Headquarters of the Organization for Economic Cooperation and Development in Paris (OECD)
South Korea’s economy declined 3.3 percent on-year during the second quarter, but it ranks second in terms of gross domestic product growth rate among major economies, data showed Sunday.
According to the Organization for Economic Cooperation and Development, the nation’s second-quarter GDP growth rate was the second-highest among 14 major economies. China clinched the first place as its economy grew 11.5 percent during the same period.
The OECD -- a forum of 37 mostly advanced nations -- has released GDP growth rates for its 13 member states as well as China, one of the non-OECD countries.
The GDP growth rate for Asia’s fourth-largest economy surpassed a number of developed countries, including the United States, Germany, France, Italy and Spain, which saw their economy shrink by 9.5 percent, 10.1 percent, 13.8 percent, 12.4 percent, 18.5 percent, respectively.
"It is difficult to say by simple calculations, but (I could say) judging from the country’s GDP growth rate in absolute value that Korea has minimized economic damage from the pandemic -- around 20-30 percent of the extent of damage suffered by others,” said Deputy Prime Minister and Finance Minister Hong Nam-ki on Saturday.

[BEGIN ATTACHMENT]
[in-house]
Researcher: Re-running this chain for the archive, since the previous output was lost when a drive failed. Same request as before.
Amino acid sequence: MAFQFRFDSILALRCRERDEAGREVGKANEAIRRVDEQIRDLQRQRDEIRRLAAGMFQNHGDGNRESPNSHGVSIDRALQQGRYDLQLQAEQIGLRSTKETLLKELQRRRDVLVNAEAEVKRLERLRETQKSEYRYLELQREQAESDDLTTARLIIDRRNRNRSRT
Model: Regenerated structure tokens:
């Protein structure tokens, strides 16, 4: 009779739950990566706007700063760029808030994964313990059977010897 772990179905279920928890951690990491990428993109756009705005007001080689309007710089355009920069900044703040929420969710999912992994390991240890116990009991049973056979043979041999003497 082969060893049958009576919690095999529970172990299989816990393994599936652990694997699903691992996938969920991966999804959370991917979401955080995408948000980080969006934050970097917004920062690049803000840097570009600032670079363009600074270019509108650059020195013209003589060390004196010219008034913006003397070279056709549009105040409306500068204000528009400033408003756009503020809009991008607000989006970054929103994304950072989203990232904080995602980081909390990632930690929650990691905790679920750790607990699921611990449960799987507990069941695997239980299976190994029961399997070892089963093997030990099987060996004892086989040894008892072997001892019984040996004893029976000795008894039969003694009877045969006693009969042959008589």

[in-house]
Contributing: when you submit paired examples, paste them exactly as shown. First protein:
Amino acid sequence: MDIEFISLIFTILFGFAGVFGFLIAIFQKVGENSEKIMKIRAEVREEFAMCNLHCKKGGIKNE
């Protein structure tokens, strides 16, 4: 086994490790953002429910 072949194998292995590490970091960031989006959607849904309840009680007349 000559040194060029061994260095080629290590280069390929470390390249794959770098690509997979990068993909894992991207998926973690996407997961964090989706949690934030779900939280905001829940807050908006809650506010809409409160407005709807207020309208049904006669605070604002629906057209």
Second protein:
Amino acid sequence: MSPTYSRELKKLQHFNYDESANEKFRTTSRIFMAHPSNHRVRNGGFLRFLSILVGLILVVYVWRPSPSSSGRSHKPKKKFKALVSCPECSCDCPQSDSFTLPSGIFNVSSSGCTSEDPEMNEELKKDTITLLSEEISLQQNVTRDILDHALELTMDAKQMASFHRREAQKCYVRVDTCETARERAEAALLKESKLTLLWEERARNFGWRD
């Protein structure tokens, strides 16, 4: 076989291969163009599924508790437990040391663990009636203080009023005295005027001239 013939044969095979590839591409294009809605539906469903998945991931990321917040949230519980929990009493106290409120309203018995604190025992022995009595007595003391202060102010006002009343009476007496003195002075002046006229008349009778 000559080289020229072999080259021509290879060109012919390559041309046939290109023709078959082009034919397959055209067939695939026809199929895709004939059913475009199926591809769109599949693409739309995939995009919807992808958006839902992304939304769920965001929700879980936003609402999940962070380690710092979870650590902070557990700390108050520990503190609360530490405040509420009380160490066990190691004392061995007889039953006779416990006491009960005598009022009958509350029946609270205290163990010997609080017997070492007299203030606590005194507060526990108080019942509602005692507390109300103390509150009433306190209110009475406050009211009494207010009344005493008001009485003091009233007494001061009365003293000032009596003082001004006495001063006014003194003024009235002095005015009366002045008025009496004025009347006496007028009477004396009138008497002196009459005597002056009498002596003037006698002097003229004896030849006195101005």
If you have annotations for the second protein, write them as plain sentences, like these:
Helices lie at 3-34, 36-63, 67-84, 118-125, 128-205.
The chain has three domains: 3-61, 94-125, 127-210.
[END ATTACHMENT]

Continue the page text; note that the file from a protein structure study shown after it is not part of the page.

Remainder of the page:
Korea had remained vulnerable to global economic crisis in the past.
In the fourth quarter of 2008, right after the global financial meltdown, the country’s economic growth dropped at a faster pace than the US (2.2 percent), Japan (2.4 percent), and Germany (1.6 percent).
But things have gone different this time with the coronavirus outbreak.
As the Korean government flattened the curve of the COVID-19 infections without lockdown measures like those in the US and European states, the nation was able to avoid a further sharp decline in consumer spending at home, experts say.
“Instead of going through economically damaging lockdowns that led major economies to contract, Korea chose alternative measures, including widespread testing and contact tracing, to contain the new virus,” said Park Seok-gil, an economist at JP Morgan.
With a slowdown in new coronavirus cases coupled with economic recovery in China, Korea’s top trading partner, drove up the country’s economic growth rate above the OECD average, he added. The surveyed 14 economies decreased 9.5 percent on average in the April-June period, data showed.
Meanwhile, the country’s outbound shipments came to $42.8 billion in July, down 7 percent from a year earlier, according to the data from the Ministry of Trade, Industry and Energy. The pace of decline slowed compared with the 10.9 percent drop in June and 23.7 percent decline in May as the country’s exports to China rebounded by 9.5 percent on-year.
By Choi Jae-hee (firstname.lastname@example.org)